The idea for University alumna Jenna Bleecker’s new short film, “Descry," first sprouted during her time at Kansas while working on one of her favorite plays — "Dutchman."
Bleecker, a 2008 graduate, co-wrote and co-produced the nine-minute short film, "Descry" which was sparked by "Dutchman," which takes places in the 1960s during the Civil Rights Movement. Bleecker's film, though, takes a more modern look at race relations.
"Descry," currently making its way through the North American film festival circuit, is a modern look into race relations that takes place only in a diner.
"Dutchman," written by Amiri Baraka, is an older film that raises questions relevant to Bleecker's film today.
“'Dutchman' [the play] dealt with just white and black race relations but we decided to make it more modern and bring other races into play, which, I believe, is more representative of our society today, Bleecker said.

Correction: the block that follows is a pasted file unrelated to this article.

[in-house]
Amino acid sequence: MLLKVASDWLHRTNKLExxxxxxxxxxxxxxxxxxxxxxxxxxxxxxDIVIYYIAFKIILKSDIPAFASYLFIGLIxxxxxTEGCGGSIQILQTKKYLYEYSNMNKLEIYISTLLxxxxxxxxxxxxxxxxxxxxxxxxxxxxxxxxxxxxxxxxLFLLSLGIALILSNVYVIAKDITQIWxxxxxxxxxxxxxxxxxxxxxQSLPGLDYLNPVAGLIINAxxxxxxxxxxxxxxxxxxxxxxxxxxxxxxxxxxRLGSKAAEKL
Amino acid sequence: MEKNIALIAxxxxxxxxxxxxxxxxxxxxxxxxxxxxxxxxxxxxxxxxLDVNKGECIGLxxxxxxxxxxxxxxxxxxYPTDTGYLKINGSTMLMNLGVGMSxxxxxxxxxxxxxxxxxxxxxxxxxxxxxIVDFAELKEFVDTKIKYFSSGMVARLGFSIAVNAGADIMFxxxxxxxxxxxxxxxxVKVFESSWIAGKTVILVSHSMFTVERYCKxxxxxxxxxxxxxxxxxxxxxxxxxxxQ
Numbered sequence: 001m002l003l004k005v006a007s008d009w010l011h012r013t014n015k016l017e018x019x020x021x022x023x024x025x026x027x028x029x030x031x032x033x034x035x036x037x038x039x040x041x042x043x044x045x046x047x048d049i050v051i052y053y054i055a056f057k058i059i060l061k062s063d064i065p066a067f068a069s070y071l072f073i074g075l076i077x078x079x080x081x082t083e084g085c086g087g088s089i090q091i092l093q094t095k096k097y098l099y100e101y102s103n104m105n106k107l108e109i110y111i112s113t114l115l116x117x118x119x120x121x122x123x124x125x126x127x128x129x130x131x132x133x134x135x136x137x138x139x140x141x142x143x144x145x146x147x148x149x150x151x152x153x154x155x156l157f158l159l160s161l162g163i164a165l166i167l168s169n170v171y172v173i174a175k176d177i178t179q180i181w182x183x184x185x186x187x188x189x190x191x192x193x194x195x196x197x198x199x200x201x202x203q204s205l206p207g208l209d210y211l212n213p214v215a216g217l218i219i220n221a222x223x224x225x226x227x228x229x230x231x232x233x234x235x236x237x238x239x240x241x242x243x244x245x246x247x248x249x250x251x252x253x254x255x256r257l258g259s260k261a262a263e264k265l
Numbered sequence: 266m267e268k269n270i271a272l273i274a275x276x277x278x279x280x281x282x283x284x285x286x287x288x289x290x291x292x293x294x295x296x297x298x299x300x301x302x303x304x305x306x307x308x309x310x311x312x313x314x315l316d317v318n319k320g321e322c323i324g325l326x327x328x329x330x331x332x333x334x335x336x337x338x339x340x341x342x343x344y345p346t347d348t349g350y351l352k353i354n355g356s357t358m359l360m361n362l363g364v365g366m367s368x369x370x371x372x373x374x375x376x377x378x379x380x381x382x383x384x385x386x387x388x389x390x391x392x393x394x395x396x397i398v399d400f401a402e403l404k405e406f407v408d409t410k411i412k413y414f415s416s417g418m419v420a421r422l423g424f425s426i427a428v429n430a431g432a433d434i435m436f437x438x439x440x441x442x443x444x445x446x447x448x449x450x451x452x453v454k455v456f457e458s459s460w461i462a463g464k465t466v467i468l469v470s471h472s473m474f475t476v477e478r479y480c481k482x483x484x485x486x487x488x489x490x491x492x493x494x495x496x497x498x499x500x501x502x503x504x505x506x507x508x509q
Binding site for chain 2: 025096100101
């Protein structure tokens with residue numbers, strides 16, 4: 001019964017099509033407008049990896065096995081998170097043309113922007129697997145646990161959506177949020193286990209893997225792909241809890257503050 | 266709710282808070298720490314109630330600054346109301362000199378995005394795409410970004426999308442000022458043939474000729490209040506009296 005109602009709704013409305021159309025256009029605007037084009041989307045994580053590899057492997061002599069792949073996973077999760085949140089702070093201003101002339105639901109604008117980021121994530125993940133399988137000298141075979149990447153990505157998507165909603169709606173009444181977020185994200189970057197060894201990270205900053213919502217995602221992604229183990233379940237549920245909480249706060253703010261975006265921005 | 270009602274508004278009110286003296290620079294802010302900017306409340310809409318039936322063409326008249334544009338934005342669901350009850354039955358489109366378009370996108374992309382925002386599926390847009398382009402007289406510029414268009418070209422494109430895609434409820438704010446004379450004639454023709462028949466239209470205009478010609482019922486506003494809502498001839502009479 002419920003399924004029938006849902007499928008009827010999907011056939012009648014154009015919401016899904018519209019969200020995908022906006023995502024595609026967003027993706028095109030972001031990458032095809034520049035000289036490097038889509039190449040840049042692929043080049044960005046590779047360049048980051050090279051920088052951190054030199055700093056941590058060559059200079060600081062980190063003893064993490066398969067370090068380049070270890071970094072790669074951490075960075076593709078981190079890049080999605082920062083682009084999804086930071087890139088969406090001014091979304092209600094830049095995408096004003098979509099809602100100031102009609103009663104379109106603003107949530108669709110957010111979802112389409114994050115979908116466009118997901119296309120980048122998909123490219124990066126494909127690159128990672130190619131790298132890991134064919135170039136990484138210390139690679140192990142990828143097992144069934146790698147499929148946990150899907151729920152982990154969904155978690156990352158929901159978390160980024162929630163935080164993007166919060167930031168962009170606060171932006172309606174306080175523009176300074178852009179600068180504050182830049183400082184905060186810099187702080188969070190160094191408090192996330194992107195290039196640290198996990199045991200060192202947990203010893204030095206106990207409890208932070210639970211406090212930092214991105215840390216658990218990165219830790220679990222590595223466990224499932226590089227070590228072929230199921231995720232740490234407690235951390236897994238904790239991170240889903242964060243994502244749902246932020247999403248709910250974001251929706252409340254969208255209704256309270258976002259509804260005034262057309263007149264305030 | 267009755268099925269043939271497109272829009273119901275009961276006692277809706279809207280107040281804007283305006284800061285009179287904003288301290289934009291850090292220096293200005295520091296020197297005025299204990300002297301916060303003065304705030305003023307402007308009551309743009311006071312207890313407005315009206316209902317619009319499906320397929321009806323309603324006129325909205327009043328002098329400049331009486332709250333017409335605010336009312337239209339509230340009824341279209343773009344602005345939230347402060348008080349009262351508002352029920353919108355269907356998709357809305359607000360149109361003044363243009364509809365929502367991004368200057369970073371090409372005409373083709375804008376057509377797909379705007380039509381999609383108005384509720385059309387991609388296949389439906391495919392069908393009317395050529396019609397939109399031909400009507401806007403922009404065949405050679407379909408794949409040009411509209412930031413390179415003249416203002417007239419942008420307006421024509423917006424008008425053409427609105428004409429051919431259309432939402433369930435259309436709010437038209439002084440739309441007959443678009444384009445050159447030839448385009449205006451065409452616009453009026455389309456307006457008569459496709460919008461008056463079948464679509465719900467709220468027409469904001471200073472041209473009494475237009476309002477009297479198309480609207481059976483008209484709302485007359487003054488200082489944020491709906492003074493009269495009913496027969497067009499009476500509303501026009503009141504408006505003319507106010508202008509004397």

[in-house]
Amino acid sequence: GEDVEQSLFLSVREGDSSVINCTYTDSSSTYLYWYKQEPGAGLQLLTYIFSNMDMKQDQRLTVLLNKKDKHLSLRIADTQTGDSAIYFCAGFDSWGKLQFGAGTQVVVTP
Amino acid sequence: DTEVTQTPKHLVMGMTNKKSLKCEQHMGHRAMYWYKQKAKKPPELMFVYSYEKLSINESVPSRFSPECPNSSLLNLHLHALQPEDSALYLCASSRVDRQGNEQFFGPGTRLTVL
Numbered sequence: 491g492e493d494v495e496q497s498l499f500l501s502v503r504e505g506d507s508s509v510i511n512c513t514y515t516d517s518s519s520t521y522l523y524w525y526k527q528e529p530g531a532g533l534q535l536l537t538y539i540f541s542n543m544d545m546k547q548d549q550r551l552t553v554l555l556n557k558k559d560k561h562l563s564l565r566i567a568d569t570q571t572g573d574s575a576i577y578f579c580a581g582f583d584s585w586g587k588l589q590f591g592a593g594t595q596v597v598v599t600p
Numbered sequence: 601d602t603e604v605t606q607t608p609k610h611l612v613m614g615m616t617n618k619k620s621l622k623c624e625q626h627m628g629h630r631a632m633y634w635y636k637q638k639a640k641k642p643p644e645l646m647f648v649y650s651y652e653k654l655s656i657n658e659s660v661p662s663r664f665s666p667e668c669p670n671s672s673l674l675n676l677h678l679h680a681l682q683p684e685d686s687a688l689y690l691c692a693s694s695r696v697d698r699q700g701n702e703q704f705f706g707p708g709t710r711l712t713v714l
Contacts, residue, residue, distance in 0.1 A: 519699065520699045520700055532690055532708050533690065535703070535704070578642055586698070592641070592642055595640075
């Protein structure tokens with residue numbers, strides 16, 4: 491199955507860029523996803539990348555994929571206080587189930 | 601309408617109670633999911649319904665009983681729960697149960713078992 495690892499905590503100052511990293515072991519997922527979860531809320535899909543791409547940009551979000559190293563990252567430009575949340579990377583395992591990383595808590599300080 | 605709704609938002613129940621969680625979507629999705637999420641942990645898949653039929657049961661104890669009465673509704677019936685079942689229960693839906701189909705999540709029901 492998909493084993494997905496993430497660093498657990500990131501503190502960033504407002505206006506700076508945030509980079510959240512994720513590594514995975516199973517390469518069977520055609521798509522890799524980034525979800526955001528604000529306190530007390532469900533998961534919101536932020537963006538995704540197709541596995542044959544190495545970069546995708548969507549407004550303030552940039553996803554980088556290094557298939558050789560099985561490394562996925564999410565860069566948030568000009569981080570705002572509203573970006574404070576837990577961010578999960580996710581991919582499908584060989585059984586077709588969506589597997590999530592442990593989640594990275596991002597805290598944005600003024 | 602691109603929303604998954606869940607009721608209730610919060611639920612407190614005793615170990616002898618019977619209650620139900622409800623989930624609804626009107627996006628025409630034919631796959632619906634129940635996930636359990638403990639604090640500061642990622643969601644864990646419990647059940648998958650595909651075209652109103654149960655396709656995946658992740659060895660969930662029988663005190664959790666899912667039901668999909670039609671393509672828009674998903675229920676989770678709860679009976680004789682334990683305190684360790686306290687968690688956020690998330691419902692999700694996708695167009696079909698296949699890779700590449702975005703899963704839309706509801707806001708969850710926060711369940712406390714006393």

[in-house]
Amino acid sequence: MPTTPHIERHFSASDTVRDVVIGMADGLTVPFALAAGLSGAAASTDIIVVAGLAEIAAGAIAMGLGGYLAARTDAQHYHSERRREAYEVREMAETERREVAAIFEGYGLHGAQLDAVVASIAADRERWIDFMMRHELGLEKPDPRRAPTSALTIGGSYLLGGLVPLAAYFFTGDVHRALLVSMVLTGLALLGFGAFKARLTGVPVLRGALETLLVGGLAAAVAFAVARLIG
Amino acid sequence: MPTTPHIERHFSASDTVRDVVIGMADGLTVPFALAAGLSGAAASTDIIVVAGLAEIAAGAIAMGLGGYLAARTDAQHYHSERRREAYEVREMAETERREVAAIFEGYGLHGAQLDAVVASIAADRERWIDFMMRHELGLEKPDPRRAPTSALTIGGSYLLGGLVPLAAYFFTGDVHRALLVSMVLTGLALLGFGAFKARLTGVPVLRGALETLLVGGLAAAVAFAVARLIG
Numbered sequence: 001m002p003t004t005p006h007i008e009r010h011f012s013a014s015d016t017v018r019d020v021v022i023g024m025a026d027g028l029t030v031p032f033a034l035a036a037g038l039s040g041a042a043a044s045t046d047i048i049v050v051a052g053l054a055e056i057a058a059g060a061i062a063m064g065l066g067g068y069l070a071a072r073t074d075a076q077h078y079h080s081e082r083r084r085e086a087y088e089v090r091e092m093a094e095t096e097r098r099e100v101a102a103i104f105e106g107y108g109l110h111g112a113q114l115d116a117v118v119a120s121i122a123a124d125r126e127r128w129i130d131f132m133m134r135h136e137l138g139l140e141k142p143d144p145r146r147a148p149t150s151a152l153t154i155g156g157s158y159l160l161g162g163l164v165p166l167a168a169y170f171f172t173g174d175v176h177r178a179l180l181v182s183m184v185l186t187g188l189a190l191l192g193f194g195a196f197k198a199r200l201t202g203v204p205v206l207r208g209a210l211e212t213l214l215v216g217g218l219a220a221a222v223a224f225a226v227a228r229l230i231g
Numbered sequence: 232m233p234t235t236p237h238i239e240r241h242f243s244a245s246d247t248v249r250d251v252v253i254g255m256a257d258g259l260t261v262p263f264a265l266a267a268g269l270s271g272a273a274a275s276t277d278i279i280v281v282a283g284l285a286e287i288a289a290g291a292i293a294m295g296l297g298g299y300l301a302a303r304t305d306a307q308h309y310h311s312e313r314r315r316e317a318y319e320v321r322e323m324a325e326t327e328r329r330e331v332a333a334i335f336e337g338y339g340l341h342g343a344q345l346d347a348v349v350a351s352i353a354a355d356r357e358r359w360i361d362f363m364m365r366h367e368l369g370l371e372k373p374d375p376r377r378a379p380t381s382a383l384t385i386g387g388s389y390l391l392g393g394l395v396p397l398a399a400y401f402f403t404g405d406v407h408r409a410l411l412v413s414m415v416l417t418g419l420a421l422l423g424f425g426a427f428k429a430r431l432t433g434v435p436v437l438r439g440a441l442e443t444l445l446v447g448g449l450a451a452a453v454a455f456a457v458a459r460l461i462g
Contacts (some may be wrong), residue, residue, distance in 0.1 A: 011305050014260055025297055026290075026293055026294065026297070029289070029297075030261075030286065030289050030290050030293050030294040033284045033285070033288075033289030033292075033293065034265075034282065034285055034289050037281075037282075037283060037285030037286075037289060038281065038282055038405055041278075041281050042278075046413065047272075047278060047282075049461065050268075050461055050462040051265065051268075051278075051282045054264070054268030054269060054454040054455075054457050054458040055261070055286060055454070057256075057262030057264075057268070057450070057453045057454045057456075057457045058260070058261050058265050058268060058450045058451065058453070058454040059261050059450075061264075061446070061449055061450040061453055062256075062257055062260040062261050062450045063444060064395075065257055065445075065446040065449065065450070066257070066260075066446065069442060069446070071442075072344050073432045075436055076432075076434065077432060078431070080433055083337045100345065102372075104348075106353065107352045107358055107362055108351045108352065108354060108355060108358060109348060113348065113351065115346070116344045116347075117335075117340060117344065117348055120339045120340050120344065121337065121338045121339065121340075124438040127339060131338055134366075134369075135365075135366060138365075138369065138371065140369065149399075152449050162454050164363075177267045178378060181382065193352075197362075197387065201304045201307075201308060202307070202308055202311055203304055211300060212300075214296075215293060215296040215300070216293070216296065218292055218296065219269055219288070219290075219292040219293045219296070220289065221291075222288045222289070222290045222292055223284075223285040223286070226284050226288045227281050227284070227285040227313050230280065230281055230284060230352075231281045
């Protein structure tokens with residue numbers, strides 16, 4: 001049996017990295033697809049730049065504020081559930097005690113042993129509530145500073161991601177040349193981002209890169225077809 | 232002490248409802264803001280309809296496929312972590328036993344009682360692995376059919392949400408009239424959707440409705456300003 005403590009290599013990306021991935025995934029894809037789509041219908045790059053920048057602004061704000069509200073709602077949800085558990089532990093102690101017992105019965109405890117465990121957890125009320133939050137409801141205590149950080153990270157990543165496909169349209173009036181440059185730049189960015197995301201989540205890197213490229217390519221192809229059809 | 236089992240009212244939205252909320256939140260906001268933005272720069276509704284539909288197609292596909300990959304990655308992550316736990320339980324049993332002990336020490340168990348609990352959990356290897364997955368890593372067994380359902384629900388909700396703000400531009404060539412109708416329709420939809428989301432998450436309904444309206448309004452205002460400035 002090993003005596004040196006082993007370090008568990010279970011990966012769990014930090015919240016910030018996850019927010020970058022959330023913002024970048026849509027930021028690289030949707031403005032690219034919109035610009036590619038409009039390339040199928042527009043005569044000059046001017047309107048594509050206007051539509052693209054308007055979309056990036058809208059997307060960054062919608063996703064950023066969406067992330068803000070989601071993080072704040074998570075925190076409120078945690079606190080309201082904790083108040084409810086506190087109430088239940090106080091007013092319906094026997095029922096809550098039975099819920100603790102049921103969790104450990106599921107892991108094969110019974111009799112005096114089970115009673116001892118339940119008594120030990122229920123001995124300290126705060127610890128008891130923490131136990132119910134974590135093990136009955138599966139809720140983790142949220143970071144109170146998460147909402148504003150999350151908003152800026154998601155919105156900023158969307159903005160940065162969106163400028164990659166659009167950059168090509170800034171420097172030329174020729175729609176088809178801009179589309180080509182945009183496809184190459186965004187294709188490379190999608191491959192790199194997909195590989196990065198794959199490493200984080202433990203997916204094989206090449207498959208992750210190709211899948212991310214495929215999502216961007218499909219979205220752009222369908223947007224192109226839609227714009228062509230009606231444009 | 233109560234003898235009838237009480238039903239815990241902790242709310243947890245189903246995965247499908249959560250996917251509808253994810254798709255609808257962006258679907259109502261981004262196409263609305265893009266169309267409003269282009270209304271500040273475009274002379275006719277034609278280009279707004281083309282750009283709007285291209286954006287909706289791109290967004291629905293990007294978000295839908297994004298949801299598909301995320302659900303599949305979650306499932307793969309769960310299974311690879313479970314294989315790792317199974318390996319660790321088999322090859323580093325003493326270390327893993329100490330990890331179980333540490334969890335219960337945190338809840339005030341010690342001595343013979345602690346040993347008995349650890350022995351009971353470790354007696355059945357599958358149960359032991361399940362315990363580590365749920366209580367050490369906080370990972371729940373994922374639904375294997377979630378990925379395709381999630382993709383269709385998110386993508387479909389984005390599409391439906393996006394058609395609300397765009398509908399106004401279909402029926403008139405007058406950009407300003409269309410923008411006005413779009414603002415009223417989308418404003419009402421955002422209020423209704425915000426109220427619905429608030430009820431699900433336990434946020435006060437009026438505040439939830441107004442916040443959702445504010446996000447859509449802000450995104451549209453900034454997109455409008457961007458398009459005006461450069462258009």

Bleecker's film will soon be released online and eventually screened publicly come summer. The film was developed by Isotropic Films and stars Bleecker herself.
The nine-minute short is seen through the eyes of a lone black man bombarded with racist comments by various customers of many races in the diner, including a Mexican man and a white woman played by Bleecker.
“I wanted to be a part of a quality project that really had something important to say and made people think, and I was sick of waiting around to be cast in something that fit that bill," Bleecker said. "So I decided to make it myself.” Read more